Click here for some authors we’ve talked to about their books and their process.

And click below for some recommendations from some authors we trust.

 

Tony DiTerlizzi

is the illustrator of The Spiiderwick Chronicles, The Spider and the Fly, Ted, and many more.  He uses his powers for good.

  • Peter Pan and Wendy
  • J.M. Barrie's classic has surly pirates, bloodthirsty native Americans, a hungry crocodile, feisty faeries and flying kids with weapons . . . what more could you ask for?

  • Watership Down
  • Richard Adams takes you on an incredible quest from a home colony that’s completely eradicated to Shangri la. One the way, there are monsters, villains, allies, oh, and a fascist leader trying to seize the hero's new home . . . and its all told with rabbits. You read that right — rabbits.

  • The Mouse and the Motorcycle
  • Mouse buddy + toy motorcycle = Awesome!

  • The Lorax
  • In my mind, this one of Dr. Seuss’s undisputed classics. Sadly, we need the Lorax now more than ever.

  • Lafcadio: The Lion That Shot Back
  • One of Shel Silverstein's lesser known titles, but one of my all-time favorites. Actually, I learned about this one when my younger brother read it for school and had me help with his book report. It is one of those stories that you will always remember.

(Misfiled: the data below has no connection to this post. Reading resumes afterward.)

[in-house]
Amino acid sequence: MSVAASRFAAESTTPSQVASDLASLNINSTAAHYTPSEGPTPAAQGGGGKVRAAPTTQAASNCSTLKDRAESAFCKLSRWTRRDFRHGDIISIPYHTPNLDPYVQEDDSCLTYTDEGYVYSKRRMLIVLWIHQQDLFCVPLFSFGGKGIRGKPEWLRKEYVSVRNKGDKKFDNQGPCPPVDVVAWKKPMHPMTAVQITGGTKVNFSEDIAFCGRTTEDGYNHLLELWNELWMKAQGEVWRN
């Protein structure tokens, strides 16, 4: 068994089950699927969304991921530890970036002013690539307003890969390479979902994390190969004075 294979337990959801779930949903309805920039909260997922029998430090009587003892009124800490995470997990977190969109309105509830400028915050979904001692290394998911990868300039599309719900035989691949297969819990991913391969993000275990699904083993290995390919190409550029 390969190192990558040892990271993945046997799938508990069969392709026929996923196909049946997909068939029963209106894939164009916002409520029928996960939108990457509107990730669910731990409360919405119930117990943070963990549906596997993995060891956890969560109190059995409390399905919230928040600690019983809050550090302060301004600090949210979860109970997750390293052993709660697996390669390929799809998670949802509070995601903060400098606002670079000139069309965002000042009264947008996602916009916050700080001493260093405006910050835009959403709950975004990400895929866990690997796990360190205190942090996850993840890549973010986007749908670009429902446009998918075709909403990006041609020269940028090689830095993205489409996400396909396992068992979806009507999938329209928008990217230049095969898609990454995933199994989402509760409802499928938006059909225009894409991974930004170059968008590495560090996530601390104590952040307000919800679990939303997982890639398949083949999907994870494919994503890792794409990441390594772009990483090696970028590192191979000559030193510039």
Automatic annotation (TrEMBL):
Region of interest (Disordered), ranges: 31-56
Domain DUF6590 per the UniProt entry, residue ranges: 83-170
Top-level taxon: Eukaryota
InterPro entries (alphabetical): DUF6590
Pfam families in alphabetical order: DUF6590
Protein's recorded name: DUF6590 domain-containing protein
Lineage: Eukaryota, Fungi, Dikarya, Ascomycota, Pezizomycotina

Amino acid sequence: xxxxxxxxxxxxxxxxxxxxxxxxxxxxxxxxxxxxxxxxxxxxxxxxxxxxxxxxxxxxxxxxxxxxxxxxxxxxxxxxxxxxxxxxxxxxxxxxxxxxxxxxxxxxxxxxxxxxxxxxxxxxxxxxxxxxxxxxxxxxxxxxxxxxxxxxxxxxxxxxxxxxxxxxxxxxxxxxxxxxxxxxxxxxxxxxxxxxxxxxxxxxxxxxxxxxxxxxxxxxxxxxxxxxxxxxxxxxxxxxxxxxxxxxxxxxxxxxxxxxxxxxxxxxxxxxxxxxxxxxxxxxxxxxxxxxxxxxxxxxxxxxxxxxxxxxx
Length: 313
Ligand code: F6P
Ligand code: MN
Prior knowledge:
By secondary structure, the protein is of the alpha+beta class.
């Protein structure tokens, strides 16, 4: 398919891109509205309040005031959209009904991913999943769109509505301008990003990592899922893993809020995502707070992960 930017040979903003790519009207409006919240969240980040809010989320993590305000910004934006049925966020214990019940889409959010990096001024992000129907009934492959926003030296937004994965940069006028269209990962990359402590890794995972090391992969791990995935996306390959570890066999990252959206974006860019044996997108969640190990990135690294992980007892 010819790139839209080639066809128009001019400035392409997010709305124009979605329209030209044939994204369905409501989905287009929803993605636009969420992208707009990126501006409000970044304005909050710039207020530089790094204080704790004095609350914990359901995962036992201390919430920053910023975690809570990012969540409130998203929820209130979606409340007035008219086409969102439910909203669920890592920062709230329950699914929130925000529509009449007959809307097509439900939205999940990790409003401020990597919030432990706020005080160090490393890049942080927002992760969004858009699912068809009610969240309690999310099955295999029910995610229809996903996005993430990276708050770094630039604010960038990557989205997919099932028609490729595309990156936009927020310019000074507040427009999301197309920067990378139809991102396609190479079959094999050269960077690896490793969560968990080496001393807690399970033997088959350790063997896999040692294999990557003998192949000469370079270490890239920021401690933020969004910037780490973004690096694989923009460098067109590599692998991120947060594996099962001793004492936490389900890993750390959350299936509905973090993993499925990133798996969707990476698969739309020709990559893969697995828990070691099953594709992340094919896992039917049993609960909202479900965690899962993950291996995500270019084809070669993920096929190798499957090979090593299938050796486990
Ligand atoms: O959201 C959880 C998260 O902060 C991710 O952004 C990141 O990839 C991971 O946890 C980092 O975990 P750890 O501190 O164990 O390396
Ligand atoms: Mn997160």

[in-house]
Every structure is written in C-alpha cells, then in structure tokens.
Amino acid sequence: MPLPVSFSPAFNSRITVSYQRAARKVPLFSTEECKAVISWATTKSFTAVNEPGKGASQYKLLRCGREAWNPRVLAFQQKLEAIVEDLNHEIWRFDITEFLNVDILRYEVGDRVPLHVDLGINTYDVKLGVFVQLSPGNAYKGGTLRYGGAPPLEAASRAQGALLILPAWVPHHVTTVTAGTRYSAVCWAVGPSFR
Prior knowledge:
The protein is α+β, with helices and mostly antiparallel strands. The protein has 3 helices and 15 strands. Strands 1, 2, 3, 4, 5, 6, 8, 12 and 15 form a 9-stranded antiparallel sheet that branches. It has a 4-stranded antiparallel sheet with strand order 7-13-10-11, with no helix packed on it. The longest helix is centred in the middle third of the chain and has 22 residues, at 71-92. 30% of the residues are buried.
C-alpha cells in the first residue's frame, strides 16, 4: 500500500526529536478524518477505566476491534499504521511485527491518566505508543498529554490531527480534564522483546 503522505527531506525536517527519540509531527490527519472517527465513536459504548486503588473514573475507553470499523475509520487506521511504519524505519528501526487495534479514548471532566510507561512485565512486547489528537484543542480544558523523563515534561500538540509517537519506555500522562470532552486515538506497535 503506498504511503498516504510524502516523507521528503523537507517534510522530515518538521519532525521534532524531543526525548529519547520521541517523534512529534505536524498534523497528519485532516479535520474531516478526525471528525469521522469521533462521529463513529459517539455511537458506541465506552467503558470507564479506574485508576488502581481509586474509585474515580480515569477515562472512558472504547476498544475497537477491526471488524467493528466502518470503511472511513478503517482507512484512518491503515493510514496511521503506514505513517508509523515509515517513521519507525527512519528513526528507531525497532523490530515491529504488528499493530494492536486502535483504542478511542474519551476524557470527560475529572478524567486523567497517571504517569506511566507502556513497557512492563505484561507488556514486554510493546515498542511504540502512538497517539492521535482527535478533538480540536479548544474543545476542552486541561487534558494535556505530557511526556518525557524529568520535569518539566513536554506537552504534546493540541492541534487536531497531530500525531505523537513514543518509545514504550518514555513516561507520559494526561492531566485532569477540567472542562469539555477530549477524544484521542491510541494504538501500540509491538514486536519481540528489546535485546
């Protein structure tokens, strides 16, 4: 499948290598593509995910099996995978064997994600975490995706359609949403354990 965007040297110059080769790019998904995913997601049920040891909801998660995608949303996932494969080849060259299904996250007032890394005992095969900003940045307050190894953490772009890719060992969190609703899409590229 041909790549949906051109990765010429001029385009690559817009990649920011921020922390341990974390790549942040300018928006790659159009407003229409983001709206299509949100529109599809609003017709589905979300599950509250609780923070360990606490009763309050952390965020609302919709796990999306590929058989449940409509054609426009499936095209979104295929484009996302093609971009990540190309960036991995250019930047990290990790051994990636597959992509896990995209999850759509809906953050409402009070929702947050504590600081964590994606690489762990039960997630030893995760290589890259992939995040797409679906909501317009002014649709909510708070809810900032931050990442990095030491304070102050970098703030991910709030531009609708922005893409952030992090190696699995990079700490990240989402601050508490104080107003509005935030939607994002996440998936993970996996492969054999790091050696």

Jeff Zentner

Jeff Zentner is a guitarist and songwriter and the author of the starkly beautiful debut YA novel The Serpent King (our full review here).

 

  • The First Time She Drowned
  • Kerry Kletter
  • "An absolutely gorgeous, lyrical, and unflinching story about a girl escaping from under the thumb of a toxic mother and living her own life."

  • How to Hang a Witch
  • Adriana Mather
  • "A delightfully spooky, twist-turny, and gripping mystery set in a haunted present-day Salem, Massachusetts."

  • The Love That Split the World
  • Emily Henry
  • "A beautiful and romantic time travel story set in small-town Kentucky."

  • Kids of Appetite
  • David Arnold
  • (out in September) "A hilarious, quirky, and warm story about murder, first love, and families of choice."

  • Everything, Everything
  • Nicola Yoon
  • "A sweet and swoony story about a girl who's allergic to the world."

  • Simon vs. the Homo Sapiens Agenda
  • Becky Albertalli
  • "A hilarious, warm, and wise coming-out and coming-of-age story."

  • More Happy Than Not
  • Adam Silvera
  • "A heartbreaking story about a young man running from his own memory."

Mo Willems

Mike Grosso

Mike Grosso is a middle school teacher, musician, and author of I Am Drums.

 

He truly believes reading lists rock.

 

  • My Near-Death Adventures, (99% True!)
  • Alison DeCamp
  • Stan is the Man. This is one of few books that had me laughing out loud. The writing by itself makes for a fantastic story, but the defaced photographs throughout the book make this something much more special.

  • The 8th Continent
  • Matt London
  • Dude, it's a book series about two kids that take the world's garbage and turn it into an eighth continent. What's not to like? A great book for scientific-minded environmentalists.

  • Hoodoo
  • Ronald L. Smith
  • Take the eeriness of THE LAST APPRENTICE and put it in recession era rural Alabama. Ronald Smith is a master of setting and mood, and not an author to be read in the dark unless you're very brave.